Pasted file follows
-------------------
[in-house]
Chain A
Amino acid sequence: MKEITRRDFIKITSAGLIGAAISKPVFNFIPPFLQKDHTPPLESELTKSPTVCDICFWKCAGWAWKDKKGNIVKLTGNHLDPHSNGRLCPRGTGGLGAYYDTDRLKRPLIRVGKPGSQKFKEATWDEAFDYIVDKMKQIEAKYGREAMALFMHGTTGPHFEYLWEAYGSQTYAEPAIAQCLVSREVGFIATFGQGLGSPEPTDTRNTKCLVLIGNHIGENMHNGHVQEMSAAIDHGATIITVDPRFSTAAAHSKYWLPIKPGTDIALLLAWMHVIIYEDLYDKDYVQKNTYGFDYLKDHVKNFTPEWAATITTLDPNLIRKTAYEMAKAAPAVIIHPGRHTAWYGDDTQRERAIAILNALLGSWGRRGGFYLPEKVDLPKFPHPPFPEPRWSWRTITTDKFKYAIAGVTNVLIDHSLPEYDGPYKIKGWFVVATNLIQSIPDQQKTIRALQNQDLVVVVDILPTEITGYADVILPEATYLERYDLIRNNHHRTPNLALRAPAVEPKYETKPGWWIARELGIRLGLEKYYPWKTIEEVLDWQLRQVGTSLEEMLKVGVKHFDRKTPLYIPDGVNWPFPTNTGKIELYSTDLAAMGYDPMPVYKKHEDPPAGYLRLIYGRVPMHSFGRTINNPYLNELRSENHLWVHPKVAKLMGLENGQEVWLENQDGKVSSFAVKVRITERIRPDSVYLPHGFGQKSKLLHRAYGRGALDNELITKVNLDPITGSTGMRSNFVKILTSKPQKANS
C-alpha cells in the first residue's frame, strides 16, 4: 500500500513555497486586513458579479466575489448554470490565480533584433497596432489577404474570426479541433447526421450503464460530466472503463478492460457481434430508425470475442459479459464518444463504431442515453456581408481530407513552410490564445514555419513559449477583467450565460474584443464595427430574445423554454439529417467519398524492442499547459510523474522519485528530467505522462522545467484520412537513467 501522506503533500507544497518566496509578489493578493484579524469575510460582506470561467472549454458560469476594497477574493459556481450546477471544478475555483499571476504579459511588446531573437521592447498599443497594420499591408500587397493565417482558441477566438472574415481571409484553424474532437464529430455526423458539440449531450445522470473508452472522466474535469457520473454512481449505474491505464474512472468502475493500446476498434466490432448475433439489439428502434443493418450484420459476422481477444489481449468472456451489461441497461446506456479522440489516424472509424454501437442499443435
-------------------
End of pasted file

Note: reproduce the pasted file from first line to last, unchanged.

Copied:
[in-house]
Chain A
Amino acid sequence: MKEITRRDFIKITSAGLIGAAISKPVFNFIPPFLQKDHTPPLESELTKSPTVCDICFWKCAGWAWKDKKGNIVKLTGNHLDPHSNGRLCPRGTGGLGAYYDTDRLKRPLIRVGKPGSQKFKEATWDEAFDYIVDKMKQIEAKYGREAMALFMHGTTGPHFEYLWEAYGSQTYAEPAIAQCLVSREVGFIATFGQGLGSPEPTDTRNTKCLVLIGNHIGENMHNGHVQEMSAAIDHGATIITVDPRFSTAAAHSKYWLPIKPGTDIALLLAWMHVIIYEDLYDKDYVQKNTYGFDYLKDHVKNFTPEWAATITTLDPNLIRKTAYEMAKAAPAVIIHPGRHTAWYGDDTQRERAIAILNALLGSWGRRGGFYLPEKVDLPKFPHPPFPEPRWSWRTITTDKFKYAIAGVTNVLIDHSLPEYDGPYKIKGWFVVATNLIQSIPDQQKTIRALQNQDLVVVVDILPTEITGYADVILPEATYLERYDLIRNNHHRTPNLALRAPAVEPKYETKPGWWIARELGIRLGLEKYYPWKTIEEVLDWQLRQVGTSLEEMLKVGVKHFDRKTPLYIPDGVNWPFPTNTGKIELYSTDLAAMGYDPMPVYKKHEDPPAGYLRLIYGRVPMHSFGRTINNPYLNELRSENHLWVHPKVAKLMGLENGQEVWLENQDGKVSSFAVKVRITERIRPDSVYLPHGFGQKSKLLHRAYGRGALDNELITKVNLDPITGSTGMRSNFVKILTSKPQKANS
C-alpha cells in the first residue's frame, strides 16, 4: 500500500513555497486586513458579479466575489448554470490565480533584433497596432489577404474570426479541433447526421450503464460530466472503463478492460457481434430508425470475442459479459464518444463504431442515453456581408481530407513552410490564445514555419513559449477583467450565460474584443464595427430574445423554454439529417467519398524492442499547459510523474522519485528530467505522462522545467484520412537513467 501522506503533500507544497518566496509578489493578493484579524469575510460582506470561467472549454458560469476594497477574493459556481450546477471544478475555483499571476504579459511588446531573437521592447498599443497594420499591408500587397493565417482558441477566438472574415481571409484553424474532437464529430455526423458539440449531450445522470473508452472522466474535469457520473454512481449505474491505464474512472468502475493500446476498434466490432448475433439489439428502434443493418450484420459476422481477444489481449468472456451489461441497461446506456479522440489516424472509424454501437442499443435